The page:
Calls for more support for long-term COVID patients

Leading virus experts are calling for greater help for those affected by the long-term COVID, warning that those with the condition feel abandoned by the government.

Professor Brendan Crabbe, chief executive of the Barnett Institute, said in a congressional survey that future responses to how countries deal with COVID will take into account those who have been dealing with COVID for a long time. said there was a need.

Long-term COVID is associated with patients who are still reporting symptoms or are infected with new symptoms months after their initial COVID infection.

“People who suffer, I don’t know the exact number … but there are many and, of course, varying degrees of severity,” Crabb said in a survey Monday.

“This is a group that feels left out of the discussion. Australia’s policy is largely based on acute COVID to try to protect vulnerable people.”

Monday marks the start of the deployment of the fifth dose of the COVID vaccine.

All adults who have not had a booster or COVID infection in the past 6 months are eligible to receive a booster dose to protect against the virus.

Crabb said vaccine uptake should be encouraged to reduce the long-term effects of COVID as well as reduce the severity of COVID in patients.

“The fifth dose doesn’t help people who haven’t gotten the third dose,” he said.

“The message isn’t going through it for the first time in 50 to 70 years. Life expectancy is getting shorter in Australia due to COVID-19, and that’s how important it is.”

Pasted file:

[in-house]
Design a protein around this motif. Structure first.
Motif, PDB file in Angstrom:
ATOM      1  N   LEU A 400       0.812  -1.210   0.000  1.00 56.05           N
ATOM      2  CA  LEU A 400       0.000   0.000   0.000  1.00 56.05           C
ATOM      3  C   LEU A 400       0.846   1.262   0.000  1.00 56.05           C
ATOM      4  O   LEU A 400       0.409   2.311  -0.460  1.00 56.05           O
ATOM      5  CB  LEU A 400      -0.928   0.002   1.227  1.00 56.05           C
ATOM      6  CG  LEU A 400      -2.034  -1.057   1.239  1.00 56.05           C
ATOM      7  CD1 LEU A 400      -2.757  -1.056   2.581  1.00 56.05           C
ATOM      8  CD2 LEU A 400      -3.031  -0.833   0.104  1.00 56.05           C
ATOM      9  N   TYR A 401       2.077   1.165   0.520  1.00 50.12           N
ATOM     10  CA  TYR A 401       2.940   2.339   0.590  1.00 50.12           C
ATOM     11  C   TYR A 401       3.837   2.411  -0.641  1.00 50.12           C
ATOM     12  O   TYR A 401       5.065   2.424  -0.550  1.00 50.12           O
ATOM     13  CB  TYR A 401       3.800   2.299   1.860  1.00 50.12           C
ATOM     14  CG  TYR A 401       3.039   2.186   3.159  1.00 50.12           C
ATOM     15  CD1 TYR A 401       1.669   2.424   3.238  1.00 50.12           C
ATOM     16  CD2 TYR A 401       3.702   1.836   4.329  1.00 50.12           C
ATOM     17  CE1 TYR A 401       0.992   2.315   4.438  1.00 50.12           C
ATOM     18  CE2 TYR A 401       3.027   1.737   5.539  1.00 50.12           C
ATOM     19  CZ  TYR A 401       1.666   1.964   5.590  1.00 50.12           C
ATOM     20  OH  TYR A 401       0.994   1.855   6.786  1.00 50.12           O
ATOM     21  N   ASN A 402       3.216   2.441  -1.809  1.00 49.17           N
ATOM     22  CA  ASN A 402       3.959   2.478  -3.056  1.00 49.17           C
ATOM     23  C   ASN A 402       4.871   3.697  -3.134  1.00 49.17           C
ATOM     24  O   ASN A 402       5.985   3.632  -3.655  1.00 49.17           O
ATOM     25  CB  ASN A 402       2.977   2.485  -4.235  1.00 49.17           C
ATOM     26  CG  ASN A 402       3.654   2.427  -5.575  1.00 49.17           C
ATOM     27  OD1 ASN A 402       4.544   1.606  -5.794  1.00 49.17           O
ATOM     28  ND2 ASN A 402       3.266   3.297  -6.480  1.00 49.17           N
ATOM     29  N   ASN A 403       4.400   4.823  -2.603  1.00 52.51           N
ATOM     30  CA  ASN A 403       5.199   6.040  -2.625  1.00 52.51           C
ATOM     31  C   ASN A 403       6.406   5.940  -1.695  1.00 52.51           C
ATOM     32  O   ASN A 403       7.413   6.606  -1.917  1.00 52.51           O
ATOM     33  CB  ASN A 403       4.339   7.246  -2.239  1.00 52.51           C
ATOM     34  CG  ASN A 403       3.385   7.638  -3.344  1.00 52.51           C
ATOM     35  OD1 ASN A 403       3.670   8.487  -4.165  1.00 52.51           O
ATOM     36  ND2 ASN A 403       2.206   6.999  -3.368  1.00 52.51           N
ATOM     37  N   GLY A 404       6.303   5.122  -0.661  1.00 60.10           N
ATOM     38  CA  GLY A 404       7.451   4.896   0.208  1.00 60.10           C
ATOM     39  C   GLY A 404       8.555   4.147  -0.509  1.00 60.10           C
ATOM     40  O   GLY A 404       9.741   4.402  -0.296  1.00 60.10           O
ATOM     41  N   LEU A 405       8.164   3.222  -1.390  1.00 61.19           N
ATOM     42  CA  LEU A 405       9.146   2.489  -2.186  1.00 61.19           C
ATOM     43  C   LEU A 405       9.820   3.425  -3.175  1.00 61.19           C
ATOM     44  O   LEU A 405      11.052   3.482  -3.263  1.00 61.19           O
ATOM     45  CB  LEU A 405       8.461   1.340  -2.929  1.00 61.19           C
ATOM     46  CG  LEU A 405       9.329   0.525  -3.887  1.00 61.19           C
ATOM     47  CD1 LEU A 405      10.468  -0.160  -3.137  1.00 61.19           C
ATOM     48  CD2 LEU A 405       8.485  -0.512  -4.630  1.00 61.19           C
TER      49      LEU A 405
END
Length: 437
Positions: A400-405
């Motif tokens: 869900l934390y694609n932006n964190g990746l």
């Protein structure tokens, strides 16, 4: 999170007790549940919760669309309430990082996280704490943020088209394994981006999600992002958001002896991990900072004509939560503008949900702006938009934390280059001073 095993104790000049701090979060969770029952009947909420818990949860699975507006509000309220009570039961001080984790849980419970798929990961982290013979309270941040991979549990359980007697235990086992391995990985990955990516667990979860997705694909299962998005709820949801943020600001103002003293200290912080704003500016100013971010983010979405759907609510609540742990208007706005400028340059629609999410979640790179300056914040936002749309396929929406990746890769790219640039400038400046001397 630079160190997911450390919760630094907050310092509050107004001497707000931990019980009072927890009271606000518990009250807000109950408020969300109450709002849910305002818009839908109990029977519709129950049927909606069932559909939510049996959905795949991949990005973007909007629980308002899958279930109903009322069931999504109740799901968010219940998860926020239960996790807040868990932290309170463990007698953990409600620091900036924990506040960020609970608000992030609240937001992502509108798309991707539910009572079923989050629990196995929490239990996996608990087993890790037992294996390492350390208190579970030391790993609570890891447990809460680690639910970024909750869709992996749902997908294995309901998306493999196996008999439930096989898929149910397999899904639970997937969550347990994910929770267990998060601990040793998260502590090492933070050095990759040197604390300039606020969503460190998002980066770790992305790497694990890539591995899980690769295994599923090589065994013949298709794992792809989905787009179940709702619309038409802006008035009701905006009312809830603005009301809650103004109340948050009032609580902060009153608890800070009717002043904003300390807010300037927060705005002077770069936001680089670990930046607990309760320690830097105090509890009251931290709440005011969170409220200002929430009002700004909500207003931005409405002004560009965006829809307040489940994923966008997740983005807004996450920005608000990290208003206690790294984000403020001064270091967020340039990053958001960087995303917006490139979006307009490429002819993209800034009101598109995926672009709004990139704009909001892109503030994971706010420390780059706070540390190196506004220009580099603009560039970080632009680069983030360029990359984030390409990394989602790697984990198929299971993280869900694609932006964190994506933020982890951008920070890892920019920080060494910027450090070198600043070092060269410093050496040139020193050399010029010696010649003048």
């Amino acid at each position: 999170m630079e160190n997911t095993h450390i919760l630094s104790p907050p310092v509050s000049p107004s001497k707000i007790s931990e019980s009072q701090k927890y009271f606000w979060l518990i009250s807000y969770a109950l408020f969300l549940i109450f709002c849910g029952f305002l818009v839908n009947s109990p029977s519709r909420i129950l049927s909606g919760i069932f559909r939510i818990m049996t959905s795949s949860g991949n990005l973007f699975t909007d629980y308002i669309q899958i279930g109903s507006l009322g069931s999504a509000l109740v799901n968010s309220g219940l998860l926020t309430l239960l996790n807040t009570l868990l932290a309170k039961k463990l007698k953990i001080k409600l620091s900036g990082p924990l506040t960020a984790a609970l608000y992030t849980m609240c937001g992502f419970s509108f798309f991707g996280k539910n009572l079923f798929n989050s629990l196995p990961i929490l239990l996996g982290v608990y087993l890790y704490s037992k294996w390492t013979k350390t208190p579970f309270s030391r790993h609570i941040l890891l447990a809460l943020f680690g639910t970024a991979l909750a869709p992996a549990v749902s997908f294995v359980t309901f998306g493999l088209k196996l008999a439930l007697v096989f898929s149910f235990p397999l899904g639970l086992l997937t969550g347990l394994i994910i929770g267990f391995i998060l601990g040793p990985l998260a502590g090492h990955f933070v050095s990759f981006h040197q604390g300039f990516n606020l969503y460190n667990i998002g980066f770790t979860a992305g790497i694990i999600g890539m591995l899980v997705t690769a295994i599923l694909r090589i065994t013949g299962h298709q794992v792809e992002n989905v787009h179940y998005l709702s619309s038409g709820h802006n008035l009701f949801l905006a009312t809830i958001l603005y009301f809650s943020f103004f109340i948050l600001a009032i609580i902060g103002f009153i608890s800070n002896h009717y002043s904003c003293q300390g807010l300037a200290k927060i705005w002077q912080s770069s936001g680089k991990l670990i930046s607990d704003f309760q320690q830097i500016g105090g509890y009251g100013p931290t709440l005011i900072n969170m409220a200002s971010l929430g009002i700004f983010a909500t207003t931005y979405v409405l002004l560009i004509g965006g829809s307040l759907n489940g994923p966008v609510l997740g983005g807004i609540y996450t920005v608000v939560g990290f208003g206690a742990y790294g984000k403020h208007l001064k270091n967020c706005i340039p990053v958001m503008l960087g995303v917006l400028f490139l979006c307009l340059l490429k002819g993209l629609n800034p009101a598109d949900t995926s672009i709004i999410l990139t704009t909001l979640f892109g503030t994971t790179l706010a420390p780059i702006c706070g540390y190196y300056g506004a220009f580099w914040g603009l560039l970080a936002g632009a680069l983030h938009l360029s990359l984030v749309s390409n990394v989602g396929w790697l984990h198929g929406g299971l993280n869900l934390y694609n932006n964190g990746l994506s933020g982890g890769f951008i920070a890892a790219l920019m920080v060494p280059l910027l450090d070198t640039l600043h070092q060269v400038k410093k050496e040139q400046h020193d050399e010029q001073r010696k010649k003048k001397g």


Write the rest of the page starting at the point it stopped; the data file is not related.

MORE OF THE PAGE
Institute directors also called for increased measures to improve air quality in enclosed spaces as a way to curb the spread of COVID.

Crabb said the messaging surrounding COVID needs to change to account for people who have had COVID for too long.

“At least subliminally, it’s very difficult[for COVID to be taken seriously]by employers, let alone medical professionals, for example,” he said.

“There’s a lot to learn. It’s a mysterious brain fog. It sounds like it’s in your head, but it’s actually brain damage. We’ve learned what brain fog is.” Most of you know and probably should use words like that.

Professor Katherine Bennett, Chair of the Epidemiology Committee at Deakin University, told the panel that more research is needed to better understand the long COVID.

“We have concerns about research investment, quality, quantity, and especially the coordination of the research that is being done,” she said.

“Long-term COVID still needs to be fully understood, impacting our ability to generalize findings from trials and real-world data analysis on long-term COVID risk factors.”

Bennett said research in this area is also needed to look at groups who may be at higher risk of developing long-term COVID.

There is still debate about how health experts define COVID for the long haul, but Professor Bennett said a broad definition worked well in the early stages but could narrow as it becomes clearer again. rice field.

She said defining COVID broadly over time risks including too many overlapping conditions.

“Then you can’t make the best use of that register and the information collected to understand what’s going on.”